As somebody who has shouted at countless boaters to haul them aboard and stow them away when I'm shooting, I am truly amiss.

And thanks for the kudos on my words and pix.



Being a sailor for as long as I can remember I understood exactly what he meant. It is a very good article on marine photography and what to look out for, not one on marine terminology.

Thanks for the kind words Bruce...



Truly superb photographs speak for themselves; all the terminology in these images is beyond question.  As a long-time sailor and Navy retiree, it has been my experience that most recreational power boaters call fenders "bumpers," and some intentionally avoid nautical terms as pretentious.  Sailors generally seem to be more willing to learn and use the language of the sea.  But anyone with an eye like this gentleman doesn't really need to worry about a perfect seagoing vocabulary.  One point that does need clarifying, though, is that the big motoryacht appears to be a Cheoy Lee, not a Hinkley.  The sharp-bowed red sailing yacht is a Hinkley, though, as the sheer stripe logo indicates.  The more elaborate design of the logo on the motoryacht looks very much like a Cheoy Lee, as does the very old-fashioned and elegant brightwork topside.  Great photos!

Uh, pardon me but as one of the photographers in the Working Harbor Committee and someone with 4 years on your dime on the USS ESSEX, I don't give a darn what you call those bumper/fender/cousin its things. What I do appreciate is the article itself with reminders to me of things I already knew but tend to forget, and a look at that lovely rowing skiff in the lead photo.

Superb use of perspective. We all love boats and here is a verity of types in their natural setting..A  few images of wood boats being built in the craftsmen's shops would have been also welcomed.

Pete Hallock

Orcutt, California

I loved the article from a wonderful photographer's view.  Gave me lots of inspiration and I am looking forward to photographing tall sail ships in the future.  Beautiful pictures, and very helpful

Sorry folks, but using the correct terminology not only makes communication more efficient, it can be critical to the safety of the crew and property when bringing a heavy boat into a slip, or dock, in less than desireable conditions (strong winds and/or currents, etc.). Why not get it right?

There are bumpers, and there are fenders in the yachting world–anyone associated with, or working around, boats should know the difference. 

dotyman, you're spot on.  The language is an important part of the art.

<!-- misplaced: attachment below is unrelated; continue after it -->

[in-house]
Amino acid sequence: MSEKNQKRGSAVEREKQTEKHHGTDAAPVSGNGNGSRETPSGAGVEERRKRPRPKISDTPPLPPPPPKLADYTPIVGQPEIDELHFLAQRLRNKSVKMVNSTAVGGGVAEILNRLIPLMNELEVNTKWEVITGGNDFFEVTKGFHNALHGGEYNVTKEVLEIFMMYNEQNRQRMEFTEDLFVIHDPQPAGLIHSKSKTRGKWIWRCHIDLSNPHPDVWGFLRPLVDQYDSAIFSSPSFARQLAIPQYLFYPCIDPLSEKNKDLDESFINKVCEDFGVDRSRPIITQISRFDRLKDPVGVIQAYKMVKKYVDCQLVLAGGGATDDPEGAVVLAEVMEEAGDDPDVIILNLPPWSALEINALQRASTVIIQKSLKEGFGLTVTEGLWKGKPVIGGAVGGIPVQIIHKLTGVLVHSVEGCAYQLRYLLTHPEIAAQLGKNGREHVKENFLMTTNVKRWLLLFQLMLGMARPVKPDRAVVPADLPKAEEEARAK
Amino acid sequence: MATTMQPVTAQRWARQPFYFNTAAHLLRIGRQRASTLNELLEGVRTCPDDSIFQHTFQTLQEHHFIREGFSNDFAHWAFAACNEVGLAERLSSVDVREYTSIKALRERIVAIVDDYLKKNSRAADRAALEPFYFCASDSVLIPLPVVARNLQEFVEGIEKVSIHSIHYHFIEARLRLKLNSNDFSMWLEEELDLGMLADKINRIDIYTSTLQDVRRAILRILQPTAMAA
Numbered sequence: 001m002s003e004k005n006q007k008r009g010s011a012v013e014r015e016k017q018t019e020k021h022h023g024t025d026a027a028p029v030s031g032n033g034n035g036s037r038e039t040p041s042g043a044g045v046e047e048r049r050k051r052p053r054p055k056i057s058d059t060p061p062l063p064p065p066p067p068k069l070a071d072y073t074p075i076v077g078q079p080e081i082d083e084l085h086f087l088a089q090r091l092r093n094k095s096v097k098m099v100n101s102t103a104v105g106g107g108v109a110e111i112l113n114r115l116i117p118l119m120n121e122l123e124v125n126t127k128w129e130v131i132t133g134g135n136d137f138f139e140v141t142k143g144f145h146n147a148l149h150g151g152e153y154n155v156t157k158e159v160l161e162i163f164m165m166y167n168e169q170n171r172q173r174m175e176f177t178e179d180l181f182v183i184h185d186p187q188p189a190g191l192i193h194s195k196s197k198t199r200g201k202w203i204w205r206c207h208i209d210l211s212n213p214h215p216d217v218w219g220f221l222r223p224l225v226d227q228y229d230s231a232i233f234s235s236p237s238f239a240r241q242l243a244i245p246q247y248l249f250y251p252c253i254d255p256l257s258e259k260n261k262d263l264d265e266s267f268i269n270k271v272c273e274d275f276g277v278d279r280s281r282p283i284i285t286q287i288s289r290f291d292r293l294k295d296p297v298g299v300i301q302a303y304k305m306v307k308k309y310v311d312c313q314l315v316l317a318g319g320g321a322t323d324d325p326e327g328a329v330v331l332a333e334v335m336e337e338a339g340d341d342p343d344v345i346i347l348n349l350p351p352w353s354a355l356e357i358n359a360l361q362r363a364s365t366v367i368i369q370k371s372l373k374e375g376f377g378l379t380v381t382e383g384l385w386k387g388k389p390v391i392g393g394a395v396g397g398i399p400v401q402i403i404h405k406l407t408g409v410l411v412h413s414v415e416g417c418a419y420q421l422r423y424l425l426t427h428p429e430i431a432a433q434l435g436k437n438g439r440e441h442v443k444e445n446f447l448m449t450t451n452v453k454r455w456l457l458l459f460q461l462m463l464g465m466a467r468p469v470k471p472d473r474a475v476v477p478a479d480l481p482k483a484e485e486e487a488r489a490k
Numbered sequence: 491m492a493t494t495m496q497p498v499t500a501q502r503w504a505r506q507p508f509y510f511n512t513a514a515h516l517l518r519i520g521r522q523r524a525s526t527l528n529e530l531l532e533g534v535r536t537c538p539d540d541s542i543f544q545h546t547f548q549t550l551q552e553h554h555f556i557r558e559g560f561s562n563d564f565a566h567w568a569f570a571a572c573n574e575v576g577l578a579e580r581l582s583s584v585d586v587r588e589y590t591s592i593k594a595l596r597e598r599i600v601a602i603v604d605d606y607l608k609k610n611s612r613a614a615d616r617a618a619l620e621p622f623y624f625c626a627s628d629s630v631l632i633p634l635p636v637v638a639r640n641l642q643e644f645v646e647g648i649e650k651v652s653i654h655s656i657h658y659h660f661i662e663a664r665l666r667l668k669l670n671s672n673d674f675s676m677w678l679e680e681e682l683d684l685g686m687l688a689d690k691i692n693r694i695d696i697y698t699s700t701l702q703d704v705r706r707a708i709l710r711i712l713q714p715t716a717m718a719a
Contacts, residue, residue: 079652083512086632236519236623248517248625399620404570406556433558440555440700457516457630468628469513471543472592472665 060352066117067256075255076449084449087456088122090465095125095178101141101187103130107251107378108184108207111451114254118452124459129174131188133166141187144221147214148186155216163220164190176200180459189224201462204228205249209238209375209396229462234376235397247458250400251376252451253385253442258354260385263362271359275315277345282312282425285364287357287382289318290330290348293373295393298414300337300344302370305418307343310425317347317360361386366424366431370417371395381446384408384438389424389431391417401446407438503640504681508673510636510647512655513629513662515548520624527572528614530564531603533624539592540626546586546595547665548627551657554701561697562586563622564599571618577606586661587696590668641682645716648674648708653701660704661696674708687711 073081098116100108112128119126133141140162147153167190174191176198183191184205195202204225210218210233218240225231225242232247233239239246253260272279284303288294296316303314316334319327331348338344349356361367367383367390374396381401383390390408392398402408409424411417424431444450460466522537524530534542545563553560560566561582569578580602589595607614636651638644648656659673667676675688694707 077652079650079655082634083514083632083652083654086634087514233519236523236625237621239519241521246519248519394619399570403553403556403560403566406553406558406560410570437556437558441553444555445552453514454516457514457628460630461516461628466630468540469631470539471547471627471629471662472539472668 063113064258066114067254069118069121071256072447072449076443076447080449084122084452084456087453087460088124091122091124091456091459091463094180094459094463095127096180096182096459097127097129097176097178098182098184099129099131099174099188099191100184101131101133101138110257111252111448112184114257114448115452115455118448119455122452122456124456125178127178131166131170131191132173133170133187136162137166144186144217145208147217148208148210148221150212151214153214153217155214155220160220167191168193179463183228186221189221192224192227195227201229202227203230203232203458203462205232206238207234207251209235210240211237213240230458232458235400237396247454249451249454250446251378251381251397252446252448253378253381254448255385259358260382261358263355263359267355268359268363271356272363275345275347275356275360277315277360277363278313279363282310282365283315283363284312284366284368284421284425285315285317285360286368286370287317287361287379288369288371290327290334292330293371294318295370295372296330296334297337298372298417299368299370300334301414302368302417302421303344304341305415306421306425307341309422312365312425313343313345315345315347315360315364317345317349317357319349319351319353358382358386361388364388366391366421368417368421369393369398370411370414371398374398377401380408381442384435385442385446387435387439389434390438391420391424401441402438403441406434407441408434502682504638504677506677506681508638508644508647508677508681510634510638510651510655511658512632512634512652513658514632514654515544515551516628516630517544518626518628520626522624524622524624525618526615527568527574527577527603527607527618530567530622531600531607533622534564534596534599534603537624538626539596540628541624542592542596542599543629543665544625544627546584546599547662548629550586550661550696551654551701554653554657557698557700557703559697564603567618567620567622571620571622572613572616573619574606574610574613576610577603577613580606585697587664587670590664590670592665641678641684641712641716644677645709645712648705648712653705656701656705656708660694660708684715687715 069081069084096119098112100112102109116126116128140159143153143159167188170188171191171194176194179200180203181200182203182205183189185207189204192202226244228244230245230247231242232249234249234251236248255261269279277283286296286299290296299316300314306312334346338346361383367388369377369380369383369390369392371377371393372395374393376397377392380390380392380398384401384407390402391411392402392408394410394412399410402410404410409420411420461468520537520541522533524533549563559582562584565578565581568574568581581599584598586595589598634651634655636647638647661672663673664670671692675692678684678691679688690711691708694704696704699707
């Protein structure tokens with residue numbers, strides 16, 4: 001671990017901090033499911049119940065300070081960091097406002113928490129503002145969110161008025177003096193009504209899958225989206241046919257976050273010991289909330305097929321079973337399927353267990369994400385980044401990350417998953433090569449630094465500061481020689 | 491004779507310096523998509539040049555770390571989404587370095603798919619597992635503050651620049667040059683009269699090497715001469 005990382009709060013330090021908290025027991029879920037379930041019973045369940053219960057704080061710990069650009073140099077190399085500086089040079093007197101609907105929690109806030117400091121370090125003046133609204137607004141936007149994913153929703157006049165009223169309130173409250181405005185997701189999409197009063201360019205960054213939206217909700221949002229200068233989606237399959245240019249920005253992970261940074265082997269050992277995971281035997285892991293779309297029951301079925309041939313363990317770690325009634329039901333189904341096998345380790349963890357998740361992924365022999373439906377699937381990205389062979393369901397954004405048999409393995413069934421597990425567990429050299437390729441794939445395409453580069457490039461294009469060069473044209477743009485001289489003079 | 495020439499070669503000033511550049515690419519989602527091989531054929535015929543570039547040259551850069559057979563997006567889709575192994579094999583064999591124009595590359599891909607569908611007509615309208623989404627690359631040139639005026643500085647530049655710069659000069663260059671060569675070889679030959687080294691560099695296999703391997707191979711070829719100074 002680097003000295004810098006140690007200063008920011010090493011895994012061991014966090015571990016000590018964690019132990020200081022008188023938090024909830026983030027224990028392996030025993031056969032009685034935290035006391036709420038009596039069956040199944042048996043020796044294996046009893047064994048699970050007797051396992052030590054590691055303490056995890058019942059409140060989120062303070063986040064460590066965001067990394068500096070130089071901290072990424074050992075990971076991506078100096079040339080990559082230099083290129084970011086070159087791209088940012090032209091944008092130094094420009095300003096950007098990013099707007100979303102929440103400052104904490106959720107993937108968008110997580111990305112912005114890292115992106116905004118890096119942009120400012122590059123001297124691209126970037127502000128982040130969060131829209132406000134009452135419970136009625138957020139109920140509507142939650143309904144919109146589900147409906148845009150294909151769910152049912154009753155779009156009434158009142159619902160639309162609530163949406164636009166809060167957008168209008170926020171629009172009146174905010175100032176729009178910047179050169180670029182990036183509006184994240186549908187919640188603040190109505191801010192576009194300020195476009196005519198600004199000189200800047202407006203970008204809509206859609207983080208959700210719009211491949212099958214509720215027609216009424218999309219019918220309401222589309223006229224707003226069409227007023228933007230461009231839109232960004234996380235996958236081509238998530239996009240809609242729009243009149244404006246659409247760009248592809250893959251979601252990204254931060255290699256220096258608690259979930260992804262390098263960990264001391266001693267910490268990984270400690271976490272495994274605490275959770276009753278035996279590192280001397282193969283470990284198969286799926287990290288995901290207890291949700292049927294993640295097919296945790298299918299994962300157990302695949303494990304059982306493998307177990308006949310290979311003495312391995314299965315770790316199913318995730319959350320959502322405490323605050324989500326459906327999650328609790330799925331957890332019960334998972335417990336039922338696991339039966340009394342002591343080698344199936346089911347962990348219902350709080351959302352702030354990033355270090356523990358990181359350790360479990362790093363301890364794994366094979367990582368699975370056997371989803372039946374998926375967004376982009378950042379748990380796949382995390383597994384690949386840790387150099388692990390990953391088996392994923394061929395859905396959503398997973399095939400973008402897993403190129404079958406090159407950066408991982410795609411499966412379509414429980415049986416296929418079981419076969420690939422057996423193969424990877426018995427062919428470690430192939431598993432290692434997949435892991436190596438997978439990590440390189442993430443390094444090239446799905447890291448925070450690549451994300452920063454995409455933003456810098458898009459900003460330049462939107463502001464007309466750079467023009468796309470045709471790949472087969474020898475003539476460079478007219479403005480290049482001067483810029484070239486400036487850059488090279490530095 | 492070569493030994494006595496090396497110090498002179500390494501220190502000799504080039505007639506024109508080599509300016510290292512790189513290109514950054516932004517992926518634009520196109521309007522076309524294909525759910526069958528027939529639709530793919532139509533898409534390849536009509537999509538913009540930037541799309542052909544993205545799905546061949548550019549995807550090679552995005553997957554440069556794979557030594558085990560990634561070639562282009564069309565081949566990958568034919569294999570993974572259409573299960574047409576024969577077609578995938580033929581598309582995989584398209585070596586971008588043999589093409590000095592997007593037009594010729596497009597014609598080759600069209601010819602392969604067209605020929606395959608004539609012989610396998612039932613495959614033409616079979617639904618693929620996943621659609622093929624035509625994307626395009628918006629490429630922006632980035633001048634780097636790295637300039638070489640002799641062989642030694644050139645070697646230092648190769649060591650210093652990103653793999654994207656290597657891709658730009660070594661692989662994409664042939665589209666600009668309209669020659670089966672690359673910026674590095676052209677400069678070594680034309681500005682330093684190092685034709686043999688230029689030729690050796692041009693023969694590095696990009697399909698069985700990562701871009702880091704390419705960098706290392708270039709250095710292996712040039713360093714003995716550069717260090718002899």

if you were photographing flowers You wouldn't call a Bee  that Thing with wings or a Fly  If you were taking photos of Dogs You wouldn't call them mutts on and on The sea and the different vessels on them are Important and the terminology is all important to those who find the Sea a Life 


I would bet most of you don't even spend much time on the water, or for that matter sail. Get over the misnomer, stop slinging poop, and grow up. You must feel quite smart.

Great article and pics, thank you.





To all you commenting boaters out there- Thanks for the boating terminology lesson but it was, however, a photograhy article. I'm betting everone reading it could visualize those 'fenders' when he wrote 'bumpers'!

Excellent article Allan, thank you.

Bob D.

Amen to that - you're comments said all that needed to be said.

Guys, If you can shoot marine objects like Allan, you can call a fender a bumper in my book !  He never said he was a mariner, just a photographer. So, let's say I like shooting pictures of beautiful women.  So, what do I call those things that drive most men crazy most of their lives?  Do I care what YOU call them ?  Hell no !  And do any of us understand them ?  I'll stop now.  Good work and a good article, Allan !

Shiver me timbers,  pipe me on deck.  Where is that bilge rat that called me fenders bumpers?

Great photos.

Capt. and Kevin - Take a pill. Thanks to Allan for doing the hard work of creating something of value to share with the rest of us.  Good article and helpful advice.


Sorry! There are NO "bumpers" in boating.  The port side is on your left facing forward.  Starboard is on your right facing forward.  The pointy end is called the "bow".  Every time you say "bumper" - put a dollar in the cookie jar and donate it to marine safety organizations.  The only thing worse than saying that erroneous word is allowing the fenders adangle while underway. 

Right on! Only a non boater would ever say bumper!

No "dirty laudry" (dangling fenders underway) allowed!

Hog wash – in the marine world bumper is typically used on docks a fender on boats however a boat can have fixed bumpers and dock can have fenders dangling-- so if one interchanges the term – SO WHAT  = quack quack! The meaning and use come through depending on the circumstance

Now the real point is the top notch article with the excellent descriptions on how to correctly photograph boats -- is the topic here --  

Really don't think one of the all  time great boat photographers Stan Rosenfield would give a toot whether you called an object whos' purpose is to protect  a fender or a bumper -- --

So simply put stick to the subject you lame brain quasi nautical rummies!




Funny you should mention Stan Rosenfeld - he was one of my instructors at the High School of Art & Design. Unfortunately I never knew  (or appreciated) the nautical side of his story until way after I graduated. I later met his brother, who kept up the business started by their fater - Morris Rosenfeld.





Excellent article! Timely as well, I just went through a boat shoot with drone, go-pros and a 5d with choppy waters. wind, etc.. Was a real challenge, have another coming up, thanks for sharing your insight.

Under your last item.... they are FENDERS not bumpers. Minor detail, but you show your lack of knowlege when misnaming  things.


Actually, the proper term is "fender". However, when I learned to sail on Lake Michigan in the 1950s, the owner of the 38-foot ketch I learned to sail on called them "bumpers" and "fenders" interchangeably. I have not called them a "bumper" since about 1960 and I am a licensed 100-ton captain with more than 100,000 miles at sea.

"Bumpers" are in the nautical vocabulary, however. Bumpers are found on docks and wharfs. Fenders are found aboard boats. Check out "bumpers" on West Marine's web site.

 . . . . and I'll bet all the nautical linguists who commented on the fender-bumper issue put hitches on sheet winches and on docklines.

If you do, keep your trap shut, because you embarrass yourself every time you do it because you're doing it wrong. Actually, in sailing it is not so much what you say, but what you do that makes you a mariner, even if you do have white shoes and belong to a yacht club.